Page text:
Guidebooks to Santa Cruz - the department and city - are usually an admixture, often hilariously so, of fantasy and fallacy. Every year another self-appointed "expert" comes out with one. The key is to remember that the city is growing at a phenomenal pace, and literally hundreds of establishments change names, go under, move, spring up, or otherwise change each year. In the Chiquitania, however, things are a little different, and change is not quite the constant it is in la gran ciudad. All of which means that for almost any guide, you can disregard the parts that focus on Santa Cruz (unless you enjoy getting lost in swelteringly hot foreign cities). In reference to those that deal with the hinterland, be prepared for a big letdown, as most of the text is recycled and rarely updated. Yet a few guidebooks do stand out from the rest, at least where the Chiquitania is concerned. Some of these are the following.

Santa Cruz Turístico, by APAC Fondo Editorial, published in 2002. Although technically out of print, it is available in person at APAC's offices (Avenida Busch 552, 3.3332287). This emphasis here is squarely upon regional culture, although the text iis in Spanish only.

Destino Turístico Santa Cruz Bolivia, last published in paper format in 2005 by OGC-SCZ. This is marginally the best of the lot, with English and Spanish text running side by side. It shouldn't run you more than US$10.00, which is overpriced, but government functionaries need that extra cash to dig up yet more texts they can copy shamelessly from other sources...like this one. You can pick it up at OGC-SCZ's offices on the fifth floor of the Torre CAINCO, at Avenida Las Américas 7 (3.3392925). The online version is a better bet, as although it is available only in Spanish, it is updated.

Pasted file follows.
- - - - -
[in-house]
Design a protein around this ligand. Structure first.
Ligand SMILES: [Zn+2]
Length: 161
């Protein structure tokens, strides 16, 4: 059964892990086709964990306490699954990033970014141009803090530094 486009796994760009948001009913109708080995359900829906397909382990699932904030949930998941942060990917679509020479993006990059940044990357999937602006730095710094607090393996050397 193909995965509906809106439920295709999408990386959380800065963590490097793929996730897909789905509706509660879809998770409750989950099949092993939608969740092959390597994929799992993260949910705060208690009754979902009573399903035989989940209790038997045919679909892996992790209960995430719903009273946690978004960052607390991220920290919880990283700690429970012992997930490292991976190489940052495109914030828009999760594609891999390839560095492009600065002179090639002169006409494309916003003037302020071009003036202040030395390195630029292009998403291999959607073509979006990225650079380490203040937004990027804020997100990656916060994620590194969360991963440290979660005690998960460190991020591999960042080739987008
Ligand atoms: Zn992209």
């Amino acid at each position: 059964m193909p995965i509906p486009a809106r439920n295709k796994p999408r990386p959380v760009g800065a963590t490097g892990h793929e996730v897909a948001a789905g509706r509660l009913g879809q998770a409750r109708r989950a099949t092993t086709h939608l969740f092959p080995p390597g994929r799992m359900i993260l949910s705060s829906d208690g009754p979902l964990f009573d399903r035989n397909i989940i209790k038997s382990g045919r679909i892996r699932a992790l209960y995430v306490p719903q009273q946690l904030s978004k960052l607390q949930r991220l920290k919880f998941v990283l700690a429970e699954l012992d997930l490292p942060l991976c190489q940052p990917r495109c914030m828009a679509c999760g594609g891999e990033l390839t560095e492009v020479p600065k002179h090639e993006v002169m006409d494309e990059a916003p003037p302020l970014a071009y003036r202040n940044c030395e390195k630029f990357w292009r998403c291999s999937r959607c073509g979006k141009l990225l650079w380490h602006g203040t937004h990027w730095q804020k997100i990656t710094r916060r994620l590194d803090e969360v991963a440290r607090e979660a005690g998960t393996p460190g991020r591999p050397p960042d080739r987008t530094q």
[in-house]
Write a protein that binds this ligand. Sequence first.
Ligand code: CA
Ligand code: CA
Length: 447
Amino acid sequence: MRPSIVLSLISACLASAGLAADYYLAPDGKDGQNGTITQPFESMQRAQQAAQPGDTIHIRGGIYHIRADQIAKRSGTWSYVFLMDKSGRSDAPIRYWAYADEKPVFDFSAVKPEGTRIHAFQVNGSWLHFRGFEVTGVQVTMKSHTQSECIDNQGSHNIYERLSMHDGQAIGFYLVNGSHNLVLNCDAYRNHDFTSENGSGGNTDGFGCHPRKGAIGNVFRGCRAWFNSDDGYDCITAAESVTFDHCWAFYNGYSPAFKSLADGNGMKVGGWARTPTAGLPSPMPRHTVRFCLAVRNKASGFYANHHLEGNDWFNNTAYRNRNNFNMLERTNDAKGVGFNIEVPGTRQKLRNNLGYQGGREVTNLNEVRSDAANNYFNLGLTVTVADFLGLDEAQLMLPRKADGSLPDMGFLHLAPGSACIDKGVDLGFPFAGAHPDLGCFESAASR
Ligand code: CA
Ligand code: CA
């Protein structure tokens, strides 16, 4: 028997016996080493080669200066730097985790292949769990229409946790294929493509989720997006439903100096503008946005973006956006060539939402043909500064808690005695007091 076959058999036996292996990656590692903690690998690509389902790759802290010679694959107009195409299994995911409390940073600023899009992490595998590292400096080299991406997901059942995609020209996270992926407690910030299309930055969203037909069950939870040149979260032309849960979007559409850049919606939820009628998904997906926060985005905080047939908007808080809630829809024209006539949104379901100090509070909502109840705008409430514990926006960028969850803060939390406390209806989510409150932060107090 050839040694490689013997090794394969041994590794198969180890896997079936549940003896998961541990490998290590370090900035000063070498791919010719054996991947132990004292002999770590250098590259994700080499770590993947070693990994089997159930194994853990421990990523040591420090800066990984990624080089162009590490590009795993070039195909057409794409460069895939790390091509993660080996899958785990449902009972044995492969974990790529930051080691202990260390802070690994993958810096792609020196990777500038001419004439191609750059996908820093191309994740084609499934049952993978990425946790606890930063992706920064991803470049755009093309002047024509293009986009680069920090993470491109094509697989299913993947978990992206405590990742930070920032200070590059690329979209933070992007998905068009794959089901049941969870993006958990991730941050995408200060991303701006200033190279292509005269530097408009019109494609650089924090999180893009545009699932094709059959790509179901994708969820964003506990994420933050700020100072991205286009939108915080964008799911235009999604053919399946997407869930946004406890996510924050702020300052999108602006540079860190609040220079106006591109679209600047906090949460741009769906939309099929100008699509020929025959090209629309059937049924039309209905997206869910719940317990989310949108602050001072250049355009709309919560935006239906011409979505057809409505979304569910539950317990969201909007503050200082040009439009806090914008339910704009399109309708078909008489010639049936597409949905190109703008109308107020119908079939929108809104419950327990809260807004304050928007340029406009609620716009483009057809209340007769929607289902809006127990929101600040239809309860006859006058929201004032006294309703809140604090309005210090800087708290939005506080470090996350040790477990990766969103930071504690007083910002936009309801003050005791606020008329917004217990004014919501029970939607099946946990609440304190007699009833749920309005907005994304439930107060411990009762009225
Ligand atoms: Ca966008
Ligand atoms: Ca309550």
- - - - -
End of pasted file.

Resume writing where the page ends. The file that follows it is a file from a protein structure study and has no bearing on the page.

The Official Tourism Travel Guide of Santa Cruz Bolivia, by Bismark A. Cuéllar was published in its third edition in 2009. It's far from official, and riddled with English so poorly translated as to make parts of it incomprehensible. Notwithstanding, it does contain some useful material on the Chiquitania, and at 517 densely packed pages, well...Bismark's heart was in the right place. You can call him at 3.3496264 (or email him) and order a copy.

If you want to travel light and prefer to concentrate on the city of Santa Cruz and the province as a whole online, apart from the Destino Turístico Santa Cruz Bolivia Web site mentioned above, Charis Barks' Web site, BoliviaBella.com, is remarkable. And in case you can't find what you're after on her site, Charis herself is a wealth of information on all things Bolivian.

And of course, there is the best travel guide of all, Footprint's Bolivia. If you are considering a trip to Bolivia, let alone the Chiquitania, do yourself a favour and buy the most accurate and up-to-date guide as most of them are jokes. Bolivia (now in its fifth edition) is consistently rated the best travel guide to the country by travellers and in-country experts alike.